Your step-by-step guide to requesting flexi-time.

Looking for flexibility in your working hours? Maybe you want the option to choose office hours that suit your already-busy schedule. Equally, you may feel that you are more productive at certain times of the day and want to take advantage of that. Whatever your reason for wanting more control over your time, you're not alone.

Believe it or not, more than half of UK workers have some type of flexi-work, according to statistics from the Copyright Chartered Institute of Personnel and Development. Despite this, many of us struggle when it comes to asking for it. Well, fear not. In this short guide, we will cover your legal rights, how to ask your boss for flexi-time and everything in between.

What is flexi-time?

You may have heard of flexi-time, but do you know what it is? This type of work allows you to customise your office hours to suit you. For example, your boss may allow you to come in any time between 8 and 10 a.m. and leave any time between 4 and 6 p.m. So long as you fulfil your contracted weekly hours, you can determine when you start and finish.

Of course, the meaning of flexi-time may change from company to company. For instance, some employers may allow you to leave early on a Friday if you work extra hours the rest of the week. You may also be able to go for a 'condensed working week' setup, in which you have an extra day off in exchange for working longer days in general. The point is that flexi-time is flexible ‒ both you and your employer determine a setup that works.

Step 1: Understand your legal rights

In the UK, you have the legal right to request flexi-time from an employer when you have worked for them for at least 26 weeks. You don't have to be a carer or parent to be eligible to apply for flexible working.

Unfortunately, your employer does not have to agree to your request. However, they do have to look at both the advantages and disadvantages of the application, hold a meeting to discuss your case, and offer an appeal process too. This is called assessing the request in a 'reasonable manner'. If your employer does not follow this process, you may be able to launch a tribunal. In that case, it is worth getting legal advice on the next steps.

Note that the law differs slightly if you live in Northern Ireland. You can read more about the exact legislation on nidirect online.

Step 2: Decide what you're asking for

One of the most important steps when we talk about asking for flexi-time is deciding what you want. You need to be 100 per cent clear on what you're asking for when you submit your application. That means you should take the time to consider what schedule will work for you and how this new setup will impact your role.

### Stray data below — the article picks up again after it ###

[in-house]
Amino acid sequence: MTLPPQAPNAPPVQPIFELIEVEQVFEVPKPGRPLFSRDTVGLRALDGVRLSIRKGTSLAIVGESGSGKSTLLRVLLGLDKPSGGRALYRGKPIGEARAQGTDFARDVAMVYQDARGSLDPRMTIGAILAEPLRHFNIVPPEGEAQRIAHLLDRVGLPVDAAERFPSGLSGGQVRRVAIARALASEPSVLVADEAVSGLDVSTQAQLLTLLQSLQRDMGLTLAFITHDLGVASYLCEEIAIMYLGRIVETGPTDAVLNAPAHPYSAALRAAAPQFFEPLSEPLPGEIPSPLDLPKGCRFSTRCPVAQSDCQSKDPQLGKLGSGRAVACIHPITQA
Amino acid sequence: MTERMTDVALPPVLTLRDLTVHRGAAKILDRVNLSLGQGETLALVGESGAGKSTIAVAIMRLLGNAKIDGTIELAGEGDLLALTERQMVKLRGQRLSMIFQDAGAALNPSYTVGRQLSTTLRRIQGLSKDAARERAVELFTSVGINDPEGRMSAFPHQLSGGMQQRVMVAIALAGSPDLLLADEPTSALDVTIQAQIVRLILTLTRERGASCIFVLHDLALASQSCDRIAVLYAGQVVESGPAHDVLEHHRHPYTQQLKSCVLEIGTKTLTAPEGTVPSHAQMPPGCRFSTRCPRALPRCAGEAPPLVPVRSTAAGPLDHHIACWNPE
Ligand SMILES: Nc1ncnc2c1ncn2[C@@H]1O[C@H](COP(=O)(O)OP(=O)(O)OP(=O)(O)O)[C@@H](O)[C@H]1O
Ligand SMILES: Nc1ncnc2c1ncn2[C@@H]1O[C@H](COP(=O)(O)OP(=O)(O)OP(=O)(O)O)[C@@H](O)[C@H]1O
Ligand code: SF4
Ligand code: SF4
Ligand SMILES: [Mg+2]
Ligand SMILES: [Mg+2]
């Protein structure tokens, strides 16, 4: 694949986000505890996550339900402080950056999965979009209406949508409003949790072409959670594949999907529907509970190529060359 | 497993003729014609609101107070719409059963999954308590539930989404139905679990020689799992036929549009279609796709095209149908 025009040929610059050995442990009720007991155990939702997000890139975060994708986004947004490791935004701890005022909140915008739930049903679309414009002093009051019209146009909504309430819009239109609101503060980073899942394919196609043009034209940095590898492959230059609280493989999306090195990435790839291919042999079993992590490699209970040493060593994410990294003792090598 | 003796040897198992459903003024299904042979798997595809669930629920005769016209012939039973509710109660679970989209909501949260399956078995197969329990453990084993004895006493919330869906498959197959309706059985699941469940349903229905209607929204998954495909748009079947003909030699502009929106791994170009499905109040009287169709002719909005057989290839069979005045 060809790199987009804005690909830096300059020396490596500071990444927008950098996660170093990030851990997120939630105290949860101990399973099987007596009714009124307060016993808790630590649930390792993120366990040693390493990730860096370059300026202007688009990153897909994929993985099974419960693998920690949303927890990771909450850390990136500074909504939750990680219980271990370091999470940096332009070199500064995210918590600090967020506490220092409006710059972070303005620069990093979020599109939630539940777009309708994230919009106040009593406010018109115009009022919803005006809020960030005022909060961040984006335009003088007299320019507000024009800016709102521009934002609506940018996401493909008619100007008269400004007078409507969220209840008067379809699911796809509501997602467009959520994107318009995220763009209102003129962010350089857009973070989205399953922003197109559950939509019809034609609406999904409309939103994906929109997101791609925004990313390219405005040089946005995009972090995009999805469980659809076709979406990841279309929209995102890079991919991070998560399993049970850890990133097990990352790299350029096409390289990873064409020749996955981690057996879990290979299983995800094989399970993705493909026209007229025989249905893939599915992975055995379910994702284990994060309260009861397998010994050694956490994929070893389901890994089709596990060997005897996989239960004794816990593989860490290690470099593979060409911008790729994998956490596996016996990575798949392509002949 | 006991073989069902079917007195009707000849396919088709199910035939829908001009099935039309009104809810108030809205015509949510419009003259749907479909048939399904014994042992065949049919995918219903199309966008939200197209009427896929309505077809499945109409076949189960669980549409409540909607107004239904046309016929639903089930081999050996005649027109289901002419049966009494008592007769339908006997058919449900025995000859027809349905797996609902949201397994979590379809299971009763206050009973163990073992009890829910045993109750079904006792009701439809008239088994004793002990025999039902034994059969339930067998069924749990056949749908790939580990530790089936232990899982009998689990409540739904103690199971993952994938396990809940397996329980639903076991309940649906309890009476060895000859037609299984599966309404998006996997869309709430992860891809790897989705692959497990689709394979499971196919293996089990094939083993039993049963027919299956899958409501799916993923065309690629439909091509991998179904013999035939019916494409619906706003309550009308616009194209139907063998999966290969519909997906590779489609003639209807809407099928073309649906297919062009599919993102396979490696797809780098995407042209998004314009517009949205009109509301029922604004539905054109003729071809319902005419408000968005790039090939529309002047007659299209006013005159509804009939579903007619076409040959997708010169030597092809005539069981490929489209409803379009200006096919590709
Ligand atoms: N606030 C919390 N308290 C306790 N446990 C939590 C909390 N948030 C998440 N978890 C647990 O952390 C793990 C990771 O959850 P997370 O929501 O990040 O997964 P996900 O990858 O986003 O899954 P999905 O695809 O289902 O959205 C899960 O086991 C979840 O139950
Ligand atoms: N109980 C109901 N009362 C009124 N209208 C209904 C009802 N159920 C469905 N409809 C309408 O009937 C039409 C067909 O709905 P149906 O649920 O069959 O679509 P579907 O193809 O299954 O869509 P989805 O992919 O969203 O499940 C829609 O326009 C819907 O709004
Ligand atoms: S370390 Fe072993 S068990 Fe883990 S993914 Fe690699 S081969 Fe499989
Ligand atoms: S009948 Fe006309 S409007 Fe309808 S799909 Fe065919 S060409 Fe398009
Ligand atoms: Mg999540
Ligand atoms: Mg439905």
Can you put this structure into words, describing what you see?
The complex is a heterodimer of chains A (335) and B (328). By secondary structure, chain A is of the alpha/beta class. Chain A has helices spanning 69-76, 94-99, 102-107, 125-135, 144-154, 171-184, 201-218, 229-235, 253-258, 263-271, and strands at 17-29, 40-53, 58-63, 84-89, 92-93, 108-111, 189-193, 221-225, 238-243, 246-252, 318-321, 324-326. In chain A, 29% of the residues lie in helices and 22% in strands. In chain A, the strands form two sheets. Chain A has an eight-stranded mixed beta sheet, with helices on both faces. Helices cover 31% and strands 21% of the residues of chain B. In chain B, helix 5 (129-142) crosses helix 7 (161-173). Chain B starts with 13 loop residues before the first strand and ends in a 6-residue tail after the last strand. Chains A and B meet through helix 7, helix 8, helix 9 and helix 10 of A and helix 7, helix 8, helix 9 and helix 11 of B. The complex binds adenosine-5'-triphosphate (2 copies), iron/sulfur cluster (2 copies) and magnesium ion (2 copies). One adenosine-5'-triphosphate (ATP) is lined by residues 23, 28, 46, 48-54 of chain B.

Write out the terms of your request. For example, you could outline that you will still be working your contracted hours but would like the option to work longer hours on Wednesdays and shorter hours on Thursdays. Whatever your request, it is personal to you and your schedule. You will also need to outline any times when this may change in the future.

Step 3: Weigh up the advantages

Since your employer needs to assess the advantages of flexi-work, you may want to highlight them. Ahead of broaching this topic with your boss, put together a list of the benefits they will reap through your flex-work. Put simply, you need to negotiate a system that works for both you and your employer. So, for a brief moment, put yourself in their shoes.

What will they gain from giving you flexi-time? Start by thinking about how having flexi-time will improve your working style. For instance, according to research conducted in 2012, being offered flexi-work could increase a person's productivity and lower their instances of taking sick leave. After a brainstorm, write down how you believe that having flexi-work will make you a better employee and improve your output.

Step 4: Submit a statutory application

The correct way to request flex-time is to submit a statutory application. Don't worry ‒ this process sounds much more intimidating than it actually is. In simple terms, you have to write to your employer with your request. Outline all relevant information including your terms, the benefits of flexi-work and when you would like this job change to start. Your employer has three months to consider your request.

During this time, your boss will need to assess the advantages and disadvantages of granting you flexi-time and have a meeting with you to discuss the request. If, after doing so, your employer decides not to grant you the right to flexi-time, they should also offer you a proper appeal process.

If, on the other hand, they decide to agree to your request, they will need to change your contract to include the new terms. They will also state when your flexi-time term starts and any other conditions that they choose to place on it. Needless to say, you need to make sure that you read your new contract in full before signing anything.

Remember, you can apply once a year

Being looked over for flexi-time can be tough. However, there's a glimmer of hope on the horizon: According to UK law, you can apply for this type of work once a year. So, if you do intend to stay with the same company for that period, it's worth making a note to remind yourself to re-submit your request at the same time next year.

Alternatively, you may want to seek out a brand new role that offers flexi-time as standard. If that's the case, you'll need to start preparing for a job search by conducting some research and revamping your CV.

Even without flexi-time, you can improve your CV on your own time. Click here to submit for a free CV critique.

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